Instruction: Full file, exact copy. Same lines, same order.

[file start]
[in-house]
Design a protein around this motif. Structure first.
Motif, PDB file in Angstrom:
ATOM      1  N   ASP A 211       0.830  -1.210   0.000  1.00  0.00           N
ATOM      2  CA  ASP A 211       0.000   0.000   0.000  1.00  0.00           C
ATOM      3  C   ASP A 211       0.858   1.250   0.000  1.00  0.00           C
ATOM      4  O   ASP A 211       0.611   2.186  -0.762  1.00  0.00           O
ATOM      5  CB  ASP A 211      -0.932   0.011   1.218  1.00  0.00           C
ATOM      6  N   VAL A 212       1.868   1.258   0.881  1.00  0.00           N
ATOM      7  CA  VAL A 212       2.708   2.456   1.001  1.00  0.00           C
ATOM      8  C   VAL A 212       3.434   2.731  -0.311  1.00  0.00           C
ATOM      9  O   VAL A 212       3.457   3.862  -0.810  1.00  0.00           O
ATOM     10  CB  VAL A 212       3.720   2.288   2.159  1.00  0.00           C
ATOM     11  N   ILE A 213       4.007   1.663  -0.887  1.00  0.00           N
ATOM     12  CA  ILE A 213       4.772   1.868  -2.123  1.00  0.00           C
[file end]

[in-house]
Design a protein around this motif. Structure first.
Motif, PDB file in Angstrom:
ATOM      1  N   ASP A 211       0.830  -1.210   0.000  1.00  0.00           N
ATOM      2  CA  ASP A 211       0.000   0.000   0.000  1.00  0.00           C
ATOM      3  C   ASP A 211       0.858   1.250   0.000  1.00  0.00           C
ATOM      4  O   ASP A 211       0.611   2.186  -0.762  1.00  0.00           O
ATOM      5  CB  ASP A 211      -0.932   0.011   1.218  1.00  0.00           C
ATOM      6  N   VAL A 212       1.868   1.258   0.881  1.00  0.00           N
ATOM      7  CA  VAL A 212       2.708   2.456   1.001  1.00  0.00           C
ATOM      8  C   VAL A 212       3.434   2.731  -0.311  1.00  0.00           C
ATOM      9  O   VAL A 212       3.457   3.862  -0.810  1.00  0.00           O
ATOM     10  CB  VAL A 212       3.720   2.288   2.159  1.00  0.00           C
ATOM     11  N   ILE A 213       4.007   1.663  -0.887  1.00  0.00           N
ATOM     12  CA  ILE A 213       4.772   1.868  -2.123  1.00  0.00           C